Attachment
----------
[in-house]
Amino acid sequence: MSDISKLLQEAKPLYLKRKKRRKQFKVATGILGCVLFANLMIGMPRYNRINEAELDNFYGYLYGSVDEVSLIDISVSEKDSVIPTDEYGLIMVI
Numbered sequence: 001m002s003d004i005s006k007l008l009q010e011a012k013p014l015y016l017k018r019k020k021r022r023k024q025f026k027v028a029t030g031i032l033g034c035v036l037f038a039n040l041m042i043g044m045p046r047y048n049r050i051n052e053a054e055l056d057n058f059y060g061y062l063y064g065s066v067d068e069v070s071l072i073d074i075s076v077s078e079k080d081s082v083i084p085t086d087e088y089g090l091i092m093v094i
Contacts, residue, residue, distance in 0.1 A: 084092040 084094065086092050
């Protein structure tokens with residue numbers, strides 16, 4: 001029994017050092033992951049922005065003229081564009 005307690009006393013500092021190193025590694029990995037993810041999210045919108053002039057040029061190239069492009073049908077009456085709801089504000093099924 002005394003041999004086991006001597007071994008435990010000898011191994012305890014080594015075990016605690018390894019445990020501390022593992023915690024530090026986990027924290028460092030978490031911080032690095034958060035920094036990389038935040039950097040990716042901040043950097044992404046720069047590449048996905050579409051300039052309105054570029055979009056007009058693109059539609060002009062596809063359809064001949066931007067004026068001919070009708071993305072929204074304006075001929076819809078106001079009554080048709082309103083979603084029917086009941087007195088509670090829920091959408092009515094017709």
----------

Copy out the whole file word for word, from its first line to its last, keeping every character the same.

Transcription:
[in-house]
Amino acid sequence: MSDISKLLQEAKPLYLKRKKRRKQFKVATGILGCVLFANLMIGMPRYNRINEAELDNFYGYLYGSVDEVSLIDISVSEKDSVIPTDEYGLIMVI
Numbered sequence: 001m002s003d004i005s006k007l008l009q010e011a012k013p014l015y016l017k018r019k020k021r022r023k024q025f026k027v028a029t030g031i032l033g034c035v036l037f038a039n040l041m042i043g044m045p046r047y048n049r050i051n052e053a054e055l056d057n058f059y060g061y062l063y064g065s066v067d068e069v070s071l072i073d074i075s076v077s078e079k080d081s082v083i084p085t086d087e088y089g090l091i092m093v094i
Contacts, residue, residue, distance in 0.1 A: 084092040 084094065086092050
């Protein structure tokens with residue numbers, strides 16, 4: 001029994017050092033992951049922005065003229081564009 005307690009006393013500092021190193025590694029990995037993810041999210045919108053002039057040029061190239069492009073049908077009456085709801089504000093099924 002005394003041999004086991006001597007071994008435990010000898011191994012305890014080594015075990016605690018390894019445990020501390022593992023915690024530090026986990027924290028460092030978490031911080032690095034958060035920094036990389038935040039950097040990716042901040043950097044992404046720069047590449048996905050579409051300039052309105054570029055979009056007009058693109059539609060002009062596809063359809064001949066931007067004026068001919070009708071993305072929204074304006075001929076819809078106001079009554080048709082309103083979603084029917086009941087007195088509670090829920091959408092009515094017709």